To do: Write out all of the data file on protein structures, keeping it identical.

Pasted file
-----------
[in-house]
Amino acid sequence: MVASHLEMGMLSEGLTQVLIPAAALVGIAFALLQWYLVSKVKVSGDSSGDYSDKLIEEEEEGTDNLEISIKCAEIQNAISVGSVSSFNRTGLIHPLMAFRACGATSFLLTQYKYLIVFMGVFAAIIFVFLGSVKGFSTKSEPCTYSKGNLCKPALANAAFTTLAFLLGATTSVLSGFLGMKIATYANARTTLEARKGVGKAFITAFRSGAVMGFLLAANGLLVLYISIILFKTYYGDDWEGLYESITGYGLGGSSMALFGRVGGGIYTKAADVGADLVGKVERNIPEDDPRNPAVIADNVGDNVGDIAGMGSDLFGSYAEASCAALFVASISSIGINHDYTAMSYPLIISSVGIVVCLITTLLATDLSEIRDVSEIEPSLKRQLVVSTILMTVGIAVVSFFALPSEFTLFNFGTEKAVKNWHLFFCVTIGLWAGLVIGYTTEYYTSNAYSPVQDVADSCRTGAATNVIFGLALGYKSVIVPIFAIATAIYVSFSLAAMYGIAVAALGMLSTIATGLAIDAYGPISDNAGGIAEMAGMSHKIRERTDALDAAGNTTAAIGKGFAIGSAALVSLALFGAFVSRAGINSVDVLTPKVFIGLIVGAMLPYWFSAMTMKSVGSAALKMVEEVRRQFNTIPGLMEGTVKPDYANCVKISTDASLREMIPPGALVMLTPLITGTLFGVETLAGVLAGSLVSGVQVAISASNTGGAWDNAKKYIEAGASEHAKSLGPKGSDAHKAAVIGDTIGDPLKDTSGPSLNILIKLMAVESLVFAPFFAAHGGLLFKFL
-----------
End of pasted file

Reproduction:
[in-house]
Amino acid sequence: MVASHLEMGMLSEGLTQVLIPAAALVGIAFALLQWYLVSKVKVSGDSSGDYSDKLIEEEEEGTDNLEISIKCAEIQNAISVGSVSSFNRTGLIHPLMAFRACGATSFLLTQYKYLIVFMGVFAAIIFVFLGSVKGFSTKSEPCTYSKGNLCKPALANAAFTTLAFLLGATTSVLSGFLGMKIATYANARTTLEARKGVGKAFITAFRSGAVMGFLLAANGLLVLYISIILFKTYYGDDWEGLYESITGYGLGGSSMALFGRVGGGIYTKAADVGADLVGKVERNIPEDDPRNPAVIADNVGDNVGDIAGMGSDLFGSYAEASCAALFVASISSIGINHDYTAMSYPLIISSVGIVVCLITTLLATDLSEIRDVSEIEPSLKRQLVVSTILMTVGIAVVSFFALPSEFTLFNFGTEKAVKNWHLFFCVTIGLWAGLVIGYTTEYYTSNAYSPVQDVADSCRTGAATNVIFGLALGYKSVIVPIFAIATAIYVSFSLAAMYGIAVAALGMLSTIATGLAIDAYGPISDNAGGIAEMAGMSHKIRERTDALDAAGNTTAAIGKGFAIGSAALVSLALFGAFVSRAGINSVDVLTPKVFIGLIVGAMLPYWFSAMTMKSVGSAALKMVEEVRRQFNTIPGLMEGTVKPDYANCVKISTDASLREMIPPGALVMLTPLITGTLFGVETLAGVLAGSLVSGVQVAISASNTGGAWDNAKKYIEAGASEHAKSLGPKGSDAHKAAVIGDTIGDPLKDTSGPSLNILIKLMAVESLVFAPFFAAHGGLLFKFL